Tags: 3D, 3D video, C++, engine, fabric, game, indie, maths, programming, realtime, render
Realike is a holistic simulation engine based upon the idea of atom that unifies what you see with what is detected (What You See Is What You Touch (WYSIWYT)) and let physic interactions emerge by themselves. It’s inspired by my previous work from 2004 Pentium IV 3000MHz II: fabric.
The nominal way of making 3D games was and is being explored thoroughly by most developers, that is: everything in the game is an empty triangle shell controllable through predefined animations. But (and this is a big but) the interactions are performed between invisible bounding volumes. Also if you want something to be breakable you must program it specifically. There’s nothing wrong with this traditional way, several of my all time favourite games fall under this category. But there are another possibilities.
Here is mine: every part of every interactive object in the game behaves as it should by itself. Just put out there your avatar or any interactive part of the scene and attach to it some forces applied to specific parts (= muscles) and you are ready to go. All collision detection will be performed over what you see on screen: What You See Is What You Touch (WYSIWYT). Fracture patterns will appear spontaneously whenever enough stress emerges on some part of the system.
One way to do this is just plagiarism of the way things are done in the real world: everything must be composed of (and exclusively of) atoms. Each atom could have position, size, mass, softness, interactions with other atoms, orientation…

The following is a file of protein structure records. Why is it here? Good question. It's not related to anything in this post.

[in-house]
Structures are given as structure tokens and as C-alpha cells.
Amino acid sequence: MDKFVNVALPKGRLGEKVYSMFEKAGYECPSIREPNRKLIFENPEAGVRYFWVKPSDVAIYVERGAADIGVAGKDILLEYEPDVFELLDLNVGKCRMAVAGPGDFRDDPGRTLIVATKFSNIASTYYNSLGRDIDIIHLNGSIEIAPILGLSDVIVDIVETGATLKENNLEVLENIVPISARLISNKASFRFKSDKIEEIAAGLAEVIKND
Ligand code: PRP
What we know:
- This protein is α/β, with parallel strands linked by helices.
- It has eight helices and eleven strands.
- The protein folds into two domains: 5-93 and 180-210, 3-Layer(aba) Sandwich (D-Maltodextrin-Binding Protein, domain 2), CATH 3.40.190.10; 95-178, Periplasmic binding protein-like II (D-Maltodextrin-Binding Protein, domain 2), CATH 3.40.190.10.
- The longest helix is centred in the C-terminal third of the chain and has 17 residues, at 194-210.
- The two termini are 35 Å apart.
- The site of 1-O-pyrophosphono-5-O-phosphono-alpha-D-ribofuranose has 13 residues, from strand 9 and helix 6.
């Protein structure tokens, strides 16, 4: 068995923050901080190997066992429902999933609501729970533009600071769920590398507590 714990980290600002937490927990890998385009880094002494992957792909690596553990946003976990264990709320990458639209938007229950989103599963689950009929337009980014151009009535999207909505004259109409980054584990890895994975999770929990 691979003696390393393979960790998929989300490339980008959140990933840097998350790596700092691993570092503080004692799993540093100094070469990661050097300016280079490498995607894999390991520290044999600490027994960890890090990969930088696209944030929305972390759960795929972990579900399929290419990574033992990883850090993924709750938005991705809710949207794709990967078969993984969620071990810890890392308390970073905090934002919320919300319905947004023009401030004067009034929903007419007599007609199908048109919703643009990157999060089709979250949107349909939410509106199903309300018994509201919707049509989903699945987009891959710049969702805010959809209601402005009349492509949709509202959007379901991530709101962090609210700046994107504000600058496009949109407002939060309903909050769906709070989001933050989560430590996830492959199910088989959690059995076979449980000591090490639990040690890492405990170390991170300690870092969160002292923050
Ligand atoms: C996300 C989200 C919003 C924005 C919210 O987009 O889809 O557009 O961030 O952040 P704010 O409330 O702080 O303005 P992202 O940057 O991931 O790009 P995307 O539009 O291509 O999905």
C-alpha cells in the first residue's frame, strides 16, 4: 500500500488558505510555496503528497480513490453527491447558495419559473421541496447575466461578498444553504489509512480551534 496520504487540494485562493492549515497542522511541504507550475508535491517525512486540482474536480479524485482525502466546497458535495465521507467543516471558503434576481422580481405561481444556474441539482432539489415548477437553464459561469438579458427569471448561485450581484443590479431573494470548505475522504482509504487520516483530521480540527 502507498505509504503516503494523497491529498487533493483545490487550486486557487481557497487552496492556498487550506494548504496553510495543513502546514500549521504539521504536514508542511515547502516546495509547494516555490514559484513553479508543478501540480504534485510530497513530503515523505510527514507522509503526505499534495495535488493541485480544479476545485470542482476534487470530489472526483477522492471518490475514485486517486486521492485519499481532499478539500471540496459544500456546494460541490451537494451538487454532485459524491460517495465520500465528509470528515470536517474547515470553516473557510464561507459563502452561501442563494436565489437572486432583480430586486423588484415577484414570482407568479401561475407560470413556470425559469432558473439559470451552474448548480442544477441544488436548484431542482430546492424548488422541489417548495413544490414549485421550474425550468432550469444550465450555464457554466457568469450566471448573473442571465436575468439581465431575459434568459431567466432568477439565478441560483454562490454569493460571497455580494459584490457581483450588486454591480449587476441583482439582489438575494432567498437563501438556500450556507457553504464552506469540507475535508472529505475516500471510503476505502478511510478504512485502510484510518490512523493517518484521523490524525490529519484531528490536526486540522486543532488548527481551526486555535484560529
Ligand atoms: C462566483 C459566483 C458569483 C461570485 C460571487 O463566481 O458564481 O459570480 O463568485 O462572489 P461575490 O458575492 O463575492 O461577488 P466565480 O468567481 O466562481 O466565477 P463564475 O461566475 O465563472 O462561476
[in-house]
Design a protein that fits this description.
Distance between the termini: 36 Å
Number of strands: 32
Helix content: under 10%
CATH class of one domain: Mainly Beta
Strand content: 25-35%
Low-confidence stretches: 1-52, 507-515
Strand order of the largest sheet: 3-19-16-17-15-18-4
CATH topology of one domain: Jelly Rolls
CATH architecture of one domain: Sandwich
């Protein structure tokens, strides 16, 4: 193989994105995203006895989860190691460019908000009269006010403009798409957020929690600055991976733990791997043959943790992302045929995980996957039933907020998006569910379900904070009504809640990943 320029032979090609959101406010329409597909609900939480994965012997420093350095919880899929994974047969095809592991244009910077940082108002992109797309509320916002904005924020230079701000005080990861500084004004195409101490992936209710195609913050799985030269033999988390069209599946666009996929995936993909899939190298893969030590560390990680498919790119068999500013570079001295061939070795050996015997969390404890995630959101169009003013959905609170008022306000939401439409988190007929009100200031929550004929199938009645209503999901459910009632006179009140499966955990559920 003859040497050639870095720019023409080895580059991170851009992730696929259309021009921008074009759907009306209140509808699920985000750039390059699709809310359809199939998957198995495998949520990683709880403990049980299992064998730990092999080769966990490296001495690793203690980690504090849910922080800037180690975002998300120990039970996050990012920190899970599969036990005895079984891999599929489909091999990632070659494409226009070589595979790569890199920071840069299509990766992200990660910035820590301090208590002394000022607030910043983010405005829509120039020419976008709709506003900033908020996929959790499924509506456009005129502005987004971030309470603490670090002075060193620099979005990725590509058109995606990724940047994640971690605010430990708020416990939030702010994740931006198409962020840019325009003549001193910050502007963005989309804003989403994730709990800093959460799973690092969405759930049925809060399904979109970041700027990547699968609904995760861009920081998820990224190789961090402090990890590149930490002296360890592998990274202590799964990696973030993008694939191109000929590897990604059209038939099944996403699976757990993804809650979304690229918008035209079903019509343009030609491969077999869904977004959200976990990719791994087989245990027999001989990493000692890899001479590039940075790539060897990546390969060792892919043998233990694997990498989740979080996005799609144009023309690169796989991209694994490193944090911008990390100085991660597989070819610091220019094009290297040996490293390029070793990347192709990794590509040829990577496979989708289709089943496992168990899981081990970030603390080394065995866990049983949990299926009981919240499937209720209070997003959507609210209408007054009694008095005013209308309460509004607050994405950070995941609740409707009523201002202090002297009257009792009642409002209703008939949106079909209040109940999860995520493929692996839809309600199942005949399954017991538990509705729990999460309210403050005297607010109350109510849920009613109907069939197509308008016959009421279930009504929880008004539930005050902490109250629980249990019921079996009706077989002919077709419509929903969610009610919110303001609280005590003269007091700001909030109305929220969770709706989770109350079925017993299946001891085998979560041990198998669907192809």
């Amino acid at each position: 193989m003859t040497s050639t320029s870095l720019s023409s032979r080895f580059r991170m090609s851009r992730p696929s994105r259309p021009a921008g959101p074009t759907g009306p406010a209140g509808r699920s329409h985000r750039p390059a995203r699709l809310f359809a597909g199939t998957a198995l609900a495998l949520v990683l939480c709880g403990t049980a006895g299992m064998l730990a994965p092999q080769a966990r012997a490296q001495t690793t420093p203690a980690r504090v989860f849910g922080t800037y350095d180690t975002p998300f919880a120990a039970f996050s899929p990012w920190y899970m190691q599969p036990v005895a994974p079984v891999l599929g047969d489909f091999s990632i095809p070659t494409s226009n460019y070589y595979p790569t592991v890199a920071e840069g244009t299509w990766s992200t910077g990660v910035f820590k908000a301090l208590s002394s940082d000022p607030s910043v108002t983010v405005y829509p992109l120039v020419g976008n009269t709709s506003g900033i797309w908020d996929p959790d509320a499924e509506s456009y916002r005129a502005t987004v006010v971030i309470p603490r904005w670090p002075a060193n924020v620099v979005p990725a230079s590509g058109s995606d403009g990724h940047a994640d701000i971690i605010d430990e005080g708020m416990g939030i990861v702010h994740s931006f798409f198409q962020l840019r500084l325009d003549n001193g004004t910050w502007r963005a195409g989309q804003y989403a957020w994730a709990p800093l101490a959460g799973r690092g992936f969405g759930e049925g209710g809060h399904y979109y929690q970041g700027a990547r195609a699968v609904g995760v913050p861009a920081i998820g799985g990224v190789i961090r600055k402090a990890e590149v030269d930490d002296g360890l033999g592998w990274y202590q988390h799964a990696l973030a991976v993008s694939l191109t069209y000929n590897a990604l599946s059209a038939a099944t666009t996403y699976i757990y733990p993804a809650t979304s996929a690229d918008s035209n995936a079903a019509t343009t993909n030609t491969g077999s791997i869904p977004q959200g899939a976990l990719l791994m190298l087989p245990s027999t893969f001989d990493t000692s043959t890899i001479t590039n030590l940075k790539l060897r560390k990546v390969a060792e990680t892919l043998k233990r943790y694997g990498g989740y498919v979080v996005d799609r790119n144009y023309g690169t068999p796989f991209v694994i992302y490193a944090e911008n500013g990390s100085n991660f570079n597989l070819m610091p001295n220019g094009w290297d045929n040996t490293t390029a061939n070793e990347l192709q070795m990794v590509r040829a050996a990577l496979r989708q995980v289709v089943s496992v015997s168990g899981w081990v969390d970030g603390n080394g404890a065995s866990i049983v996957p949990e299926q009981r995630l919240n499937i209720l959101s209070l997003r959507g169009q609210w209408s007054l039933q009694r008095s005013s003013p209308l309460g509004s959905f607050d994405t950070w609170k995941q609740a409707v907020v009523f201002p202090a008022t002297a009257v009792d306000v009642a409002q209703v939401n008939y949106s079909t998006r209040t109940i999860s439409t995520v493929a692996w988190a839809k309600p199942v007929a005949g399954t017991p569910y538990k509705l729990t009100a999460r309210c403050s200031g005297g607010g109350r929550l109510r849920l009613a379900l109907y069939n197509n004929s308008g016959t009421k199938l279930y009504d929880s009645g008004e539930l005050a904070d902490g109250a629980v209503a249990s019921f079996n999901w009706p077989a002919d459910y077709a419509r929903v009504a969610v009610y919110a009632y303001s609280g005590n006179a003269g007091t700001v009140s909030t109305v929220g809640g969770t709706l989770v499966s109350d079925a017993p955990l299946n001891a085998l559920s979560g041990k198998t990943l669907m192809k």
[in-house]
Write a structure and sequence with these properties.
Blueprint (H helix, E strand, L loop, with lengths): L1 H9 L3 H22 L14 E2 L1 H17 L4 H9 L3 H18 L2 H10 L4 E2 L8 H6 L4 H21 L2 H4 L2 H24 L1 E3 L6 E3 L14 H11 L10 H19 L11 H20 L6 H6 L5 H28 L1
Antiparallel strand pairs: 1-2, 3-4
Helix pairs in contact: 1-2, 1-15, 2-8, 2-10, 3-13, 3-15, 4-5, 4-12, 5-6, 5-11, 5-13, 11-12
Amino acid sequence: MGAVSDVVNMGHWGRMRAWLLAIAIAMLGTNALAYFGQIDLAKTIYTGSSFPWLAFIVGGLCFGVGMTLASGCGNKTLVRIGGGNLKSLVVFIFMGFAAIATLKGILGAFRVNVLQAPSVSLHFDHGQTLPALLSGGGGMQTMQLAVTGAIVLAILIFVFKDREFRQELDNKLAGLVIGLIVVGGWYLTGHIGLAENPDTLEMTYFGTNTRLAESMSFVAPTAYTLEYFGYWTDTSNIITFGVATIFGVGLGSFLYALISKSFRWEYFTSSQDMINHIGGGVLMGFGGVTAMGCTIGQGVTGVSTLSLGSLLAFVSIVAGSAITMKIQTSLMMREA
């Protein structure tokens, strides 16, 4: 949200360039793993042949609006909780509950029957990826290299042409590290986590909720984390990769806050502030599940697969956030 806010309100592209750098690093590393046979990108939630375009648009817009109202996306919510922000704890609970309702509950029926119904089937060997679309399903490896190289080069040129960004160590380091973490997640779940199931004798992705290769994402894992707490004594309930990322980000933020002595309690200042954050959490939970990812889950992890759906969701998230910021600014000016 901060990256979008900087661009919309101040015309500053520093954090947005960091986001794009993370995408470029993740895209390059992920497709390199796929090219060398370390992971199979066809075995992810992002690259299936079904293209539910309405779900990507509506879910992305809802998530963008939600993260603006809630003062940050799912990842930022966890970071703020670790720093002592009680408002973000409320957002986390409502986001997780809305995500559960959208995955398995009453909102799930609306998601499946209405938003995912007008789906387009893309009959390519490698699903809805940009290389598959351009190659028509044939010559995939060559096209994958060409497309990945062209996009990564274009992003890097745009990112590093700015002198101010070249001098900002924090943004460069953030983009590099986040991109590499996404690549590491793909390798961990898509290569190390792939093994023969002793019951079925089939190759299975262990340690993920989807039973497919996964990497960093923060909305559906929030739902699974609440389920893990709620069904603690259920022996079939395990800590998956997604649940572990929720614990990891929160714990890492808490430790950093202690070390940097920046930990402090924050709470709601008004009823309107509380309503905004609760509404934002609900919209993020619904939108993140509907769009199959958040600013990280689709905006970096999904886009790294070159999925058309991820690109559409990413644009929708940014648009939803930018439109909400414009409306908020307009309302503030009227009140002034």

Arising problem: the amount of atoms required to construct anything playable is going to be huge. Very careful design is going to be needed to reduce memory usage. And even more care should be put CPU wise. It could be challenging to animate at 60 fps many thousands of interacting dynamic atoms. Let’s also allow for static atoms used to create non changing parts of the game. Realike has been designed to address this issue. Some of its advantages are:
- Varied material properties arise by themselves from internal specific atom structure (just as in chemical compounds), examples are:
- rubbery materials
- rigid materials
- combination of rubbery and rigid along different axis
- fragile (easily breakable)
- No need for separate handling of bounding volumes for collision detection and visualization, this just happens by itself whenever something is constructed on the engine.
- New exotic types of avatars are possible, for example real bipeds/quadrupeds. Watch the video for another example of a wrinkled thick-fabric like ball.
- The difficult to rate advantage of an exciting new feeling. Hard to describe how enticing is to control an avatar inside an all atom world. You’ll have to trust me on this one until the game ‘Fathomed dodecahedron’ is released.
- On the game editor front whole new approaches are possible all stemming from the fact you are now dealing with real filled objects with internal structure instead of empty shells.
- Potentially everything can bend and/or break without any extra effort, it will just happen under the right stress.
- If individual atom behaviour is well programmed then 2 natural physic traits will emerge by themselves without having expressly been coded: precession on rotating bodies and angular momentum.
- There’s an oportunity here to innovate also at visual level. How are you going to represent the particles? realtime blobs? individual polygon spheres? using the atoms as the skeleton of an empty traditional triangle shell? are you going to raytrace them? billboarding perhaps? …
Here is gameplay capture of ‘Fathomed dodecahedron’, it runs at 150 fps on my PC: